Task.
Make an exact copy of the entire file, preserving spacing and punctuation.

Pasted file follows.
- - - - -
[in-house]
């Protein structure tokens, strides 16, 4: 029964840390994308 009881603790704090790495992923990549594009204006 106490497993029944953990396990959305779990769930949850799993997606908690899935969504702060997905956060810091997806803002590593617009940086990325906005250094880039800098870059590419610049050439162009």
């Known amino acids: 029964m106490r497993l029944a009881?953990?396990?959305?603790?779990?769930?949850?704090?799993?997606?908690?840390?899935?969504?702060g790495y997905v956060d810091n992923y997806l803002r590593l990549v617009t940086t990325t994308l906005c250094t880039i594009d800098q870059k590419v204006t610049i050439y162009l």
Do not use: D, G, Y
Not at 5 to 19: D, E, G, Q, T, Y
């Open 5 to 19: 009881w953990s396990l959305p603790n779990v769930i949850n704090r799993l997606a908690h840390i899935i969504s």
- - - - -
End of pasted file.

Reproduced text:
[in-house]
């Protein structure tokens, strides 16, 4: 029964840390994308 009881603790704090790495992923990549594009204006 106490497993029944953990396990959305779990769930949850799993997606908690899935969504702060997905956060810091997806803002590593617009940086990325906005250094880039800098870059590419610049050439162009």
């Known amino acids: 029964m106490r497993l029944a009881?953990?396990?959305?603790?779990?769930?949850?704090?799993?997606?908690?840390?899935?969504?702060g790495y997905v956060d810091n992923y997806l803002r590593l990549v617009t940086t990325t994308l906005c250094t880039i594009d800098q870059k590419v204006t610049i050439y162009l």
Do not use: D, G, Y
Not at 5 to 19: D, E, G, Q, T, Y
């Open 5 to 19: 009881w953990s396990l959305p603790n779990v769930i949850n704090r799993l997606a908690h840390i899935i969504s």